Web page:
Back in 2007, La Marzocco entered the home market with its GS/3, a stunning machine that’s essentially a Strada with a built-in reservoir. During a chat with Scott Callendar last week that was part of La Marzocco’s media blitz, the director of the new division said the company had never really developed a retail strategy for the machine, which meant that unless you were a devoted home espresso fanatic you likely never ran into the GS/3. The website aims to fix that. The site is fully consumer oriented and it’s a luxurious thing to look at.
Which it should be because, make no mistake, the GS/3 is a luxury product. Even for high-end home machines, which run around two grand, the GS/3 is expensive. The baseline model costs $6,900. When Callendar took me through the customization interface on the site (I chose a white machine with walnut side panels and highlights, which was not a good combo: go stainless steel) the price popped over $8,000. La Marzocco is in the same category as Leica, Le Creuset, whatever your fantasy car is, and other prestige products priced well above their competitors.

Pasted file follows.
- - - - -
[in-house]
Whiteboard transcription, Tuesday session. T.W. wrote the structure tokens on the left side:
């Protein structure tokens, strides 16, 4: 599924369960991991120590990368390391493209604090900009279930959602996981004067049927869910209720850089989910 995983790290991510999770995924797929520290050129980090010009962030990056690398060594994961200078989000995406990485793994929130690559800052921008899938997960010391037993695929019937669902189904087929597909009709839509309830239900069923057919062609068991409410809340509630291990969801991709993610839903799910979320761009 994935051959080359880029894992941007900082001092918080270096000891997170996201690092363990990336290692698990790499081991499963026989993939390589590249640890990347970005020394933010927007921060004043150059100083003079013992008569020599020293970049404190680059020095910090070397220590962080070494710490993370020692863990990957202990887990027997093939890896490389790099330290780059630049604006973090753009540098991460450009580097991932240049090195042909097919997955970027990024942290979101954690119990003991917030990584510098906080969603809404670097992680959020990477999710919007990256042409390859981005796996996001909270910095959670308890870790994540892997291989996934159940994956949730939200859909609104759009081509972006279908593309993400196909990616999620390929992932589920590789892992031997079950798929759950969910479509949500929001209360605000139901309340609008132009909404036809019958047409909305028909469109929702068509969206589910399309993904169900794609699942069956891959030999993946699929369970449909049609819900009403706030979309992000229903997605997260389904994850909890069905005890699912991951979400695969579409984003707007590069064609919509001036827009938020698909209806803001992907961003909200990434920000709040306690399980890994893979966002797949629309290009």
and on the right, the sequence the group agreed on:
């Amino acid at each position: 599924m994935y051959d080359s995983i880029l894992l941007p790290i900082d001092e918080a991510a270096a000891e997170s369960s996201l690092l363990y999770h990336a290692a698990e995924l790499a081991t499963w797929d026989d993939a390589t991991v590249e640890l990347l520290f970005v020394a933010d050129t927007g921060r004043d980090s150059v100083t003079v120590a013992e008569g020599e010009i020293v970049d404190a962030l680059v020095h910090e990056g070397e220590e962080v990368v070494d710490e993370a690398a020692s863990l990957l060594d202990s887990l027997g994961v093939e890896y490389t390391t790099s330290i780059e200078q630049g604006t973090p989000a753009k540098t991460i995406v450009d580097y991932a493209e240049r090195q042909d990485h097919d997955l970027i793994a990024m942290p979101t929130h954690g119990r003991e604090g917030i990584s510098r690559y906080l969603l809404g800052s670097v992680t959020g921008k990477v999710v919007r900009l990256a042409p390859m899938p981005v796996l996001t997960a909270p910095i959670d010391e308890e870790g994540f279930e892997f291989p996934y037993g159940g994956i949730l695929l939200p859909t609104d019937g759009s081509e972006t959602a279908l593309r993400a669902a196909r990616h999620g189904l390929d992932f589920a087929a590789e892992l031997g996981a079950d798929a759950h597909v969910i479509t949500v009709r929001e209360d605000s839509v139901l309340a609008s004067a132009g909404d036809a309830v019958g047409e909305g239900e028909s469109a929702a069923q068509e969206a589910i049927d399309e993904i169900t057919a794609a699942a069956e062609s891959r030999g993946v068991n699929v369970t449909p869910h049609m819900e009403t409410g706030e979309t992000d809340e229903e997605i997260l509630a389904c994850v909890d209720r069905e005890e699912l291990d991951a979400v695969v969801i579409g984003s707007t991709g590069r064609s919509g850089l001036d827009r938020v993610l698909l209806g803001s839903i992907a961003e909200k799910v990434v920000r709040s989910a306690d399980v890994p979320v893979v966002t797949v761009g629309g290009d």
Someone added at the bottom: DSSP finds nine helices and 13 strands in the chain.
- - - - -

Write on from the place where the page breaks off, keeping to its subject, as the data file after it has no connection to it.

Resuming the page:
When I ask, a bit dubiously, how many people out there will buy such a rarified machine, Callendar didn’t obfuscate. “It’s a small number, this is definitely a niche product,” he said, but he argued that with the continued growth of specialty coffee there are people out there who want a machine like this. And he’s probably right about that. If you’re willing to spend, on a regular basis, more than $20 on twelve ounces of beans and you enjoy espresso you’re probably a person who wants a great machine. As more and more coffee drinkers reach that level, La Marzocco expects them to at least wish for a GS/3.
—Cory Eldridge is Fresh Cup’s editor. He doesn’t have enough counter space for a GS/3.